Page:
In Marbella, Málaga, it can be tempting to stay outdoors. With golden beaches, boutique stores and Andalusian architecture that draws from Renaissance, Baroque, Gothic and Moorish styles, there’s no reason to retreat—unless of course, you feel like a quick bite or some respite from the permanently blazing sun. Nota Blu Marbella takes note. The brasserie—designed by Barcelona-based Astet Studio—features a foldable facade that blurs the line between the interior and exterior, making a case for atmospheric dining no matter the season.
The restaurant is decidedly Mediterranean: airy and light, with high arched doorways and natural stone finishes. Layers of dried foliage cascade down the vestibule, taming the clean, simple lines of the mosaic floor. And yet, the aesthetic evolves as you venture deeper, revealing itself bit by bit, table by table. Inside, the experience is warm and elevated, with floors in dark and light stone offering a dramatic counterpoint to the surrounding wood and cream marble.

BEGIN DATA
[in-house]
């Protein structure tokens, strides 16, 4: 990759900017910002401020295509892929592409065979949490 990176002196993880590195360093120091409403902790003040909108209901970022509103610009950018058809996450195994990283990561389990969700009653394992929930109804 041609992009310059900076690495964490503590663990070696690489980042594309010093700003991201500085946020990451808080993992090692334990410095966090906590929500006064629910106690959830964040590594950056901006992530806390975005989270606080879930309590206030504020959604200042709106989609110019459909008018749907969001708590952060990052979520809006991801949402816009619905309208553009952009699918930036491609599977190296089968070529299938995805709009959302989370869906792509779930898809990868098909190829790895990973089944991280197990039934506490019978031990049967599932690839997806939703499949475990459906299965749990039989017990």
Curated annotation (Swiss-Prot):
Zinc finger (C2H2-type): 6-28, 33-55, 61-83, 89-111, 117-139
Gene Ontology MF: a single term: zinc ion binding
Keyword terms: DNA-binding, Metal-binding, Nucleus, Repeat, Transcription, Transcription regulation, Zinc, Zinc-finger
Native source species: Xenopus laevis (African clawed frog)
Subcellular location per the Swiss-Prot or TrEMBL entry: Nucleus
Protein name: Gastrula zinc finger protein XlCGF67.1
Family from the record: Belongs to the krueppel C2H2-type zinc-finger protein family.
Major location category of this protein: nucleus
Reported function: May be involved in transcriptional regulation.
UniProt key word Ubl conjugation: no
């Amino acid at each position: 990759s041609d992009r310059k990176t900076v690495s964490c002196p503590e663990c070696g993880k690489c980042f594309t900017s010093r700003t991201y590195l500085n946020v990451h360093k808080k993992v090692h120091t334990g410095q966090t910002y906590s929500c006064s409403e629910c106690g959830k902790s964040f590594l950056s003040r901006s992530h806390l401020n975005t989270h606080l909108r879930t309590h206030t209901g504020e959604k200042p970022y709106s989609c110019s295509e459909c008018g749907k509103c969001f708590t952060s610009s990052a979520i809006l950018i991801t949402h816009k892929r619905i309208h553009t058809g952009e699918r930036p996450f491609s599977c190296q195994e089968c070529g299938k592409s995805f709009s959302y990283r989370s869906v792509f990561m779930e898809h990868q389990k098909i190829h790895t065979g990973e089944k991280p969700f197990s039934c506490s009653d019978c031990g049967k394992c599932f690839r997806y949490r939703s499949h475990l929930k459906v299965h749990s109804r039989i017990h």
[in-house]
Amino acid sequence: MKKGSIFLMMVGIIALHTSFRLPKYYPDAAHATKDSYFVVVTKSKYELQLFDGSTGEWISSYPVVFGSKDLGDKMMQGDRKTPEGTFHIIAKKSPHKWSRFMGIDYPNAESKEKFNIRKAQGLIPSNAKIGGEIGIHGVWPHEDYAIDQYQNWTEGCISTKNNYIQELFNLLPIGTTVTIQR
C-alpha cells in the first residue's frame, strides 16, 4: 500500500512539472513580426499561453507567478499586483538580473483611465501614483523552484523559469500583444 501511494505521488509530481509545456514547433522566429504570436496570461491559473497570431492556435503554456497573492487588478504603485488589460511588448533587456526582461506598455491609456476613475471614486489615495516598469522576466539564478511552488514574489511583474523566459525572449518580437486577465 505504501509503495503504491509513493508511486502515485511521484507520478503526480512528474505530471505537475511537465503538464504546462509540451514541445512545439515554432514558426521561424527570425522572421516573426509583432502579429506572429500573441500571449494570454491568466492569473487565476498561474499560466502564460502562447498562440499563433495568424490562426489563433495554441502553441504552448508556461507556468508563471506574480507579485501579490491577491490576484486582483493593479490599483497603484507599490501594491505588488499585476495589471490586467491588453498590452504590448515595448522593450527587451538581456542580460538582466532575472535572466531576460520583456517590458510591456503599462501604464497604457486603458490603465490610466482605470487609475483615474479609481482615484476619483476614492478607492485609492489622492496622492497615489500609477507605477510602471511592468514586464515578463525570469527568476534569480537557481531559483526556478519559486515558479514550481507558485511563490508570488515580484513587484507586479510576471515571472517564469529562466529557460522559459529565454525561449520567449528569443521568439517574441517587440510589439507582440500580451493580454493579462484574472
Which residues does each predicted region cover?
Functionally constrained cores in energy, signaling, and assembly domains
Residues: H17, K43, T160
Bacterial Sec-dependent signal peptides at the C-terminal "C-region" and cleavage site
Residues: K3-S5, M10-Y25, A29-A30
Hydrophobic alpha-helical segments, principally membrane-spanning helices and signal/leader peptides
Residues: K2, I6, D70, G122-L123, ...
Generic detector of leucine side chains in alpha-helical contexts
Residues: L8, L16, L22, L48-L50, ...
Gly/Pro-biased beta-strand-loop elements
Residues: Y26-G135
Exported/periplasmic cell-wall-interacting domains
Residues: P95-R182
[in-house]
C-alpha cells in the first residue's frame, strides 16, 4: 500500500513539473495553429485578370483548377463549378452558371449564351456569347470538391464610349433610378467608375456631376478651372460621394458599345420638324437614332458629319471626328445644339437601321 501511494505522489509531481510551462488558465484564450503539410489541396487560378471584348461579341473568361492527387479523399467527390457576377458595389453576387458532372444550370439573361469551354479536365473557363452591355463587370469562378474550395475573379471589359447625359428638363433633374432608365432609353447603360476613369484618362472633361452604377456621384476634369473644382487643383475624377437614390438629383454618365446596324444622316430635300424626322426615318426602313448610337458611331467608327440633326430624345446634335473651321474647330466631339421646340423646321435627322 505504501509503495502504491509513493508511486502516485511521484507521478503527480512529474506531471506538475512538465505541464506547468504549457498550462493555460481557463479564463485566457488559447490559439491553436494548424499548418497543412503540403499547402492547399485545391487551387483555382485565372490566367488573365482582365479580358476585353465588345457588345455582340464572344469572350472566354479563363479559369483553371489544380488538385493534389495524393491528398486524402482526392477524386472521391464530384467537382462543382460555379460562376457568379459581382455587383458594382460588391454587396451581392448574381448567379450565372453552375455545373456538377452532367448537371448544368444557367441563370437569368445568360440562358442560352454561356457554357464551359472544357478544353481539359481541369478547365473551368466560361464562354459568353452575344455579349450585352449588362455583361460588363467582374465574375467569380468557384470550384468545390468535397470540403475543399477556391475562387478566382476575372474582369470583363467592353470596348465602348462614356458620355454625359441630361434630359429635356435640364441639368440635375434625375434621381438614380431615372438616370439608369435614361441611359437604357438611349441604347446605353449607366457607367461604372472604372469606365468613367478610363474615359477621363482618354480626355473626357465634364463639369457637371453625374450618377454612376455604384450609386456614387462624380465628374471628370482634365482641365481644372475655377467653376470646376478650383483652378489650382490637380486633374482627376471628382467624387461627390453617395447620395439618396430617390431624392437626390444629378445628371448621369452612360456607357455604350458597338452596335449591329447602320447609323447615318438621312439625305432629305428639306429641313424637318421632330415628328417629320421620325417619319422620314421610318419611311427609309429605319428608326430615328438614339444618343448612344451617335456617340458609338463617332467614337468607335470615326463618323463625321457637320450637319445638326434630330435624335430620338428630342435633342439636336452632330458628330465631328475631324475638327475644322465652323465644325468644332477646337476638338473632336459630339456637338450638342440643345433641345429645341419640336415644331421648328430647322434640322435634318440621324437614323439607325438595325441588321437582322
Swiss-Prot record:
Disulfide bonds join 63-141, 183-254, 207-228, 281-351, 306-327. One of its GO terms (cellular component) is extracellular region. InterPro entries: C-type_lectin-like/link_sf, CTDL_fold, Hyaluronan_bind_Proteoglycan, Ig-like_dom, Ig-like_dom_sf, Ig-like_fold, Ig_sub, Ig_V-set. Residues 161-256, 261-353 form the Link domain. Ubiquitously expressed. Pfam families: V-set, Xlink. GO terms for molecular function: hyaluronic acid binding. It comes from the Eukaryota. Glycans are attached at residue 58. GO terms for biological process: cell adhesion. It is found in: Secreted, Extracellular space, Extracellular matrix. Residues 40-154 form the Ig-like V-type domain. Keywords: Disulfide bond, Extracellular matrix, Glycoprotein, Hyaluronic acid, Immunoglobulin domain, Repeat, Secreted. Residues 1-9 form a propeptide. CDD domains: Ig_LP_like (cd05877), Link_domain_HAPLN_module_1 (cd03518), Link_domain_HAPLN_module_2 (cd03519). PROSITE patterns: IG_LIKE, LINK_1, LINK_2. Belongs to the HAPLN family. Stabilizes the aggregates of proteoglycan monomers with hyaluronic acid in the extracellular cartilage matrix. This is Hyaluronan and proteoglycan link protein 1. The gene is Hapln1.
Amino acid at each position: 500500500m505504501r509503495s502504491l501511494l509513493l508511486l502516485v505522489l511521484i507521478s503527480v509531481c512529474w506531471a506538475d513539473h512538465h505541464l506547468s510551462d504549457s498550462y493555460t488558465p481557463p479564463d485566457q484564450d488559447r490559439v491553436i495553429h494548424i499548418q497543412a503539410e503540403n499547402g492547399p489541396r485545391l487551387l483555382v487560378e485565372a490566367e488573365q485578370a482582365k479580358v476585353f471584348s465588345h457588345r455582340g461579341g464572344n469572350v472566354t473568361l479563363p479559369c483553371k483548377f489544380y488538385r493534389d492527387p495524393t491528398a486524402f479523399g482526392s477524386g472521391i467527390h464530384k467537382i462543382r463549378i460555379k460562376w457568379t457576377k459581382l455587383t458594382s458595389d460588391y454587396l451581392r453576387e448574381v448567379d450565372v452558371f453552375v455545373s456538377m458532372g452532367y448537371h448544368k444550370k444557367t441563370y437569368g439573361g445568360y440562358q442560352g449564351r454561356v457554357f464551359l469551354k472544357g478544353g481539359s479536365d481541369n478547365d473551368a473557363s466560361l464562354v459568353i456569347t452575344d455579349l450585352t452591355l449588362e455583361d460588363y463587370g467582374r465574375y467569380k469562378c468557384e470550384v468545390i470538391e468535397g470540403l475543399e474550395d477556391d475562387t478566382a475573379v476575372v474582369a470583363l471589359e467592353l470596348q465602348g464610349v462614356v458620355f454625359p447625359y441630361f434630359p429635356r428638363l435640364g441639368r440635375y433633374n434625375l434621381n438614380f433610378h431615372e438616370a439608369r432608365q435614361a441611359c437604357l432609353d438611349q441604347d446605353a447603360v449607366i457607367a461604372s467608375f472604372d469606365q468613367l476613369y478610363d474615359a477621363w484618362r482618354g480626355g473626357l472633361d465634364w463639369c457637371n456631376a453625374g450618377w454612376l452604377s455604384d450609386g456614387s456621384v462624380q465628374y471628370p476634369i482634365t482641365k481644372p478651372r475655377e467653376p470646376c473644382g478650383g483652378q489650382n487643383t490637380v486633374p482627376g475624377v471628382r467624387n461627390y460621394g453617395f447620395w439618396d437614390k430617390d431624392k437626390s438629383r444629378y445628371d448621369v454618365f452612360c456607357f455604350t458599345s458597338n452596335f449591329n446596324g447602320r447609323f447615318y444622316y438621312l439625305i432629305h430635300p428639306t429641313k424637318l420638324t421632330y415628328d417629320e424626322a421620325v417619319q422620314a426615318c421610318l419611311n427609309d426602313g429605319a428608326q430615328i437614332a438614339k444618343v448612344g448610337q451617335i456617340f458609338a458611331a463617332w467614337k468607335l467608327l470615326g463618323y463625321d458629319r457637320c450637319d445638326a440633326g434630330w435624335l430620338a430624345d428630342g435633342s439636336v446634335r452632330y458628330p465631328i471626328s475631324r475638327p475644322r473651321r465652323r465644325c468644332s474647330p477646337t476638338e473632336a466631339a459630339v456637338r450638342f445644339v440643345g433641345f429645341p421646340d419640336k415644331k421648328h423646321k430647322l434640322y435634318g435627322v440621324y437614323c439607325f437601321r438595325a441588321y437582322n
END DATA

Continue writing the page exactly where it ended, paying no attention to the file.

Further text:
The crowning glory of the restaurant (besides the incredible food), is the bar, crafted in Calacatta Viola and walnut wood. It is divided into two parts, featuring a cocktail bar on one side and a large show kitchen on the other (so you can actually watch your dish being prepared live).
Beyond the finishes and the food, the restaurant displays an abiding sense of geometry. From arched passages and amorphous ceiling details to sunburst accents and curved banquettes, curvilinear details follow you wherever you go, linking one leitmotif to the next, down to the quarter plate at your table.
The seating echoes the intimacy of the decor: comfortable bespoke armchairs with wooden details, upholstered in warm-toned fabrics and leather, grace the main dining area, lending tactile fluidity to the space. Meanwhile, delicate brass chandeliers and foliage installations grow out of the ceiling, channelling an upside-down forest.
For diners who prefer some breeze, the terrace is a great alternative. Its beige and off-white elements nod to the interior, while cobalt pops hark to the nearby sea. And yet, no matter whether you dine indoors or outdoors, the brasserie doesn’t disappoint. Each visit promises an experience to remember.
[Images courtesy of Astet Studio. Photography by Francisco Noguiera.]